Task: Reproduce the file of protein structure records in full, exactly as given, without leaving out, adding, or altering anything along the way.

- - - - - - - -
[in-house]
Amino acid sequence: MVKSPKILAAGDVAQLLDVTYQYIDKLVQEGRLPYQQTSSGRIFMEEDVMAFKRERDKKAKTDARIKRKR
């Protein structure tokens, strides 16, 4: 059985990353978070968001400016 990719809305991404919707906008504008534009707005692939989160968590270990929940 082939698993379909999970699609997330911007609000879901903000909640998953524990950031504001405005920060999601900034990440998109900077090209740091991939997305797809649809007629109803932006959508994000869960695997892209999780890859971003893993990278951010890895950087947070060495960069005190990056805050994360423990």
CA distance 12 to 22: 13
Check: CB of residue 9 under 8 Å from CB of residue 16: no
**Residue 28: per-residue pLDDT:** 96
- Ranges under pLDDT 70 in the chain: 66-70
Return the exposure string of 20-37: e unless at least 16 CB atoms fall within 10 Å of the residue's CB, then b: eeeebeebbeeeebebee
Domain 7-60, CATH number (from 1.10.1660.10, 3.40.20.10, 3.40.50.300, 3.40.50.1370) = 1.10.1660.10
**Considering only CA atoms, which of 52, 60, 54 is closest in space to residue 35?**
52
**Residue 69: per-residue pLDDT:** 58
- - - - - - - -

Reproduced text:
[in-house]
Amino acid sequence: MVKSPKILAAGDVAQLLDVTYQYIDKLVQEGRLPYQQTSSGRIFMEEDVMAFKRERDKKAKTDARIKRKR
């Protein structure tokens, strides 16, 4: 059985990353978070968001400016 990719809305991404919707906008504008534009707005692939989160968590270990929940 082939698993379909999970699609997330911007609000879901903000909640998953524990950031504001405005920060999601900034990440998109900077090209740091991939997305797809649809007629109803932006959508994000869960695997892209999780890859971003893993990278951010890895950087947070060495960069005190990056805050994360423990």
CA distance 12 to 22: 13
Check: CB of residue 9 under 8 Å from CB of residue 16: no
**Residue 28: per-residue pLDDT:** 96
- Ranges under pLDDT 70 in the chain: 66-70
Return the exposure string of 20-37: e unless at least 16 CB atoms fall within 10 Å of the residue's CB, then b: eeeebeebbeeeebebee
Domain 7-60, CATH number (from 1.10.1660.10, 3.40.20.10, 3.40.50.300, 3.40.50.1370) = 1.10.1660.10
**Considering only CA atoms, which of 52, 60, 54 is closest in space to residue 35?**
52
**Residue 69: per-residue pLDDT:** 58